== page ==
Between 26 August 2022 and 29 November 2022, there have been 22 additional confirmed cases of yellow fever reported from ten countries. However, based on retrospective classification of the cases, there were only seven new confirmed cases and one death. Countries including Burkina Faso, Senegal and Togo have reported probable cases that were subsequently discarded, indicating that there is enhanced surveillance put in place. However, there is still persistent yellow fever virus circulation, as several of the recent confirmations have been from locations with little or no underlying immunity (e.g., near urban areas in Cameroon and Uganda; areas with no history of yellow fever vaccination such as Isiolo county, Kenya) hard-to-reach and under-served populations, including children that have been disproportionately impacted.

 

Based on the current situation of yellow fever in the WHO African region, the risk at the regional level was re-assessed as moderate on 12 December 2022 (high in November 2021 and June 2022) due to:

 

  1. The decrease in the number of reported cases and the increasing population immunity, since there are ongoing and recent preventive vaccination campaigns, as well as reactive campaigns that have been organized in the affected countries, with more than four million people vaccinated in five countries (Ghana, Cameroon, Chad, the Central African Republic and Kenya), and an estimated 50 million people immunized during the PMVCs in 2021-2022 (Nigeria, the Democratic Republic of the Congo, the Republic of the Congo) supported by the EYE Strategy.

 

  1. There is ongoing yellow fever virus circulation in some high-risk areas, the most recent cases, and outbreaks are reported in areas impacted by underlying risk factors, including gaps in routine immunization, missed special populations (e.g., nomadic or pastoralists and other mobile populations), security and access challenges.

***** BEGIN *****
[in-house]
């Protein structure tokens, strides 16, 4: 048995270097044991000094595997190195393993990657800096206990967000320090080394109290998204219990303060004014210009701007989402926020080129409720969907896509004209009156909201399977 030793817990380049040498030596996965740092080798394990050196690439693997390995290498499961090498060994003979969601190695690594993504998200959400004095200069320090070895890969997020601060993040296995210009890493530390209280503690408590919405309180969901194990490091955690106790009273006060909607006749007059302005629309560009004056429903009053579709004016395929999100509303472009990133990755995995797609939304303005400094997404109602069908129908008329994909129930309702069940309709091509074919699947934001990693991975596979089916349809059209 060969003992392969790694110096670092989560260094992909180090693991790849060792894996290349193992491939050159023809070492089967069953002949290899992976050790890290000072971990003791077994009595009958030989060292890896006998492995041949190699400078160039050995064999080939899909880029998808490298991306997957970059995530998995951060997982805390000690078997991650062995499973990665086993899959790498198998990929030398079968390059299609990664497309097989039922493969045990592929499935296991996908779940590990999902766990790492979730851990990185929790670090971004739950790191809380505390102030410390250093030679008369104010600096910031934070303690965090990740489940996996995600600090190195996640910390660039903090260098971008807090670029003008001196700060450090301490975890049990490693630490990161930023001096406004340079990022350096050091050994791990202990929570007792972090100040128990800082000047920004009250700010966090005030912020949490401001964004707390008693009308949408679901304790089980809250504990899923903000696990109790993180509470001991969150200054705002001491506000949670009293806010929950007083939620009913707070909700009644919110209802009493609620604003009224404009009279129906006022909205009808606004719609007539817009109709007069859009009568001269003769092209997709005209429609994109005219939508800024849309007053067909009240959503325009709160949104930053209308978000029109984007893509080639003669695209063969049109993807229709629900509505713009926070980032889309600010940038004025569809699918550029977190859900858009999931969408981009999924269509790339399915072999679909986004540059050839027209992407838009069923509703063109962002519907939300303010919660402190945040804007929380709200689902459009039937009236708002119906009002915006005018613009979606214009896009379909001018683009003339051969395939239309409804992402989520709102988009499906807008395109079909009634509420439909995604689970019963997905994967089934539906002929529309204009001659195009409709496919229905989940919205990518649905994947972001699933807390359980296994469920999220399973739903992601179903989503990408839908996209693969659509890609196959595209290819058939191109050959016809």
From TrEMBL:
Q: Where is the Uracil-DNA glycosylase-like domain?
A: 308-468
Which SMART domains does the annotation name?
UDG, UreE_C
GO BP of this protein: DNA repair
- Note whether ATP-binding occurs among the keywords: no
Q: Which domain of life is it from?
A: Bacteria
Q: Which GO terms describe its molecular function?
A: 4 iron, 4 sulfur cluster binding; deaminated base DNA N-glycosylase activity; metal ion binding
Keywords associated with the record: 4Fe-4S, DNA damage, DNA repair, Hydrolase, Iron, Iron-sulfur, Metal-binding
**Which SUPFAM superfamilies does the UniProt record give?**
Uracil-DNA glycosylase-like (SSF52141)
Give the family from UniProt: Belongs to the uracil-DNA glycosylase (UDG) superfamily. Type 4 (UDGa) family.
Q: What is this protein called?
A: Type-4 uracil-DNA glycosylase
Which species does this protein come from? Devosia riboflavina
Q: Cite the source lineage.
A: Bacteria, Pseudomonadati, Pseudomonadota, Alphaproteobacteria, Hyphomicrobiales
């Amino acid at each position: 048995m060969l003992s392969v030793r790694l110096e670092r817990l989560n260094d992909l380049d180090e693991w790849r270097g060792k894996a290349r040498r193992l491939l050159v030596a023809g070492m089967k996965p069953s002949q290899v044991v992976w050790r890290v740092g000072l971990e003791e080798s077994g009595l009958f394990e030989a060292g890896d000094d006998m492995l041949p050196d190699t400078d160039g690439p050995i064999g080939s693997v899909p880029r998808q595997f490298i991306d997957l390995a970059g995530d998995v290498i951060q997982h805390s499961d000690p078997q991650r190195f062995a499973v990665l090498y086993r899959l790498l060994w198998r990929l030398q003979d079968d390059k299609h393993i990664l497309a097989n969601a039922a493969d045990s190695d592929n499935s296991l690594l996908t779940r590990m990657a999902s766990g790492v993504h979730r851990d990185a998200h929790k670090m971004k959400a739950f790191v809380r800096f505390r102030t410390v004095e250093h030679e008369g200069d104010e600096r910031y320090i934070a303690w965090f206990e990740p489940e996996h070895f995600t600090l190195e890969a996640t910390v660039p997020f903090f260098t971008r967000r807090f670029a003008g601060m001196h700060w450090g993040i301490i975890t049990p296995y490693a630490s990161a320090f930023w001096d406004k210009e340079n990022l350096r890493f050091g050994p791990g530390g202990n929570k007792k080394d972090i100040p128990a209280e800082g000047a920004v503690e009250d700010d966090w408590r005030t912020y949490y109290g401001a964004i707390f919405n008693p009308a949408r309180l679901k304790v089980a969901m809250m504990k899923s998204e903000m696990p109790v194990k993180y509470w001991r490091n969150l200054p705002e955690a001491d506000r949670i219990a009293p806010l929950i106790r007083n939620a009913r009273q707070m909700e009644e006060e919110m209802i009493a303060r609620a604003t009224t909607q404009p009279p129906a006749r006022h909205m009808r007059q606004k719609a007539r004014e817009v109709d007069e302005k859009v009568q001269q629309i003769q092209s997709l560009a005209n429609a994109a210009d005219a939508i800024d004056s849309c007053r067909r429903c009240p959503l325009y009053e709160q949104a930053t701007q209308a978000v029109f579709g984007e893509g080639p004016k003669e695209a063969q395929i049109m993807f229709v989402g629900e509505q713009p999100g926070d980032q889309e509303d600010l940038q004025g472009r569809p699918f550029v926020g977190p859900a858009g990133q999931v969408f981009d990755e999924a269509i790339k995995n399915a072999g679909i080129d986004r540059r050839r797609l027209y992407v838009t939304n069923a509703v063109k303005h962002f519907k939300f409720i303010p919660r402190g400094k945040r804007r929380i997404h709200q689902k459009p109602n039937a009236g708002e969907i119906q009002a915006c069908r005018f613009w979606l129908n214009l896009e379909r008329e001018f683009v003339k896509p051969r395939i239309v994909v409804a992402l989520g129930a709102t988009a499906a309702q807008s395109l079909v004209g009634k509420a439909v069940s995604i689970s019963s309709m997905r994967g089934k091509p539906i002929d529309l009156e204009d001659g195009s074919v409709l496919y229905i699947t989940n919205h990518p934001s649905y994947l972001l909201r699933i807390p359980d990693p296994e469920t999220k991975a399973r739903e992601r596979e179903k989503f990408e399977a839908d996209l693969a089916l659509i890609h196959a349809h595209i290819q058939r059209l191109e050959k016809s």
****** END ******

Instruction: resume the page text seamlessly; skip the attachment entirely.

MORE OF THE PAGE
1. Most confirmed cases were reported in the last quarter of 2021, however several of the recent confirmations have been from urban areas and/or locations with little or no underlying immunity (e.g., near urban areas in Cameroon and Uganda; areas with no history of yellow fever vaccination);

 

  1. Case classifications, and response operations remain a challenge;

 

  1. Delays in detection and investigation; delays in the implementation of previously planned PMVC, competing outbreaks and pandemics of COVID-19 and Mpox that are attracting more attention in yellow fever-affected countries, and security constraints in affected areas (the Central African Republic, far North of Cameroon, Eastern – the Democratic Republic of the Congo, and Northern Nigeria), population movement, all present risks that could lead to new yellow fever transmission.

 

The overall global risk remains low, as no cases related to this current outbreak have been reported at this stage outside of the African region. However, there are favorable ecosystems for yellow fever outside the African region, especially in the neigbouring countries in the WHO Eastern Mediterranean Region. There might be challenges in surveillance and immunization capacities due to the potential onward transmission through viremic travellers and due to the presence of the competent vector, if not detected in a timely way.

 

The impact on public health will persist until the ongoing outbreaks are controlled, vaccination coverage is high and immunity gaps in the population are closed. The importation of cases to countries with suboptimal coverage and persisting population immunity gaps poses a high risk and may jeopardize the tremendous efforts invested to achieve elimination.

 

WHO advice

 

Transmission can be amplified in circumstances where the Aedes mosquitos (day feeder) are present in urban settings and densely populated areas causing rapid spread of the disease.

 

Surveillance: WHO recommends close monitoring of the situation with active cross-border coordination and information sharing, due to the possibility of cases in neighboring countries. Enhanced surveillance with investigation and laboratory testing of suspect cases is recommended.

 

Vaccination: Vaccination is the primary means for the prevention and control of yellow fever. Yellow fever vaccines approved by WHO are safe, highly effective, and provide life-long protection against infection.

 

The countries reporting yellow fever cases and outbreaks are all high-priority countries for the EYE Strategy. The EYE Strategy recommends that all high-risk countries introduce yellow fever vaccination into their routine immunization (RI) schedule for those aged 9 months (Ethiopia, South Sudan have yet to introduce it into RI). Review of the risk analysis and scope of immunization activities to protect the population could help avert the risk of future outbreaks (e.g. Kenya).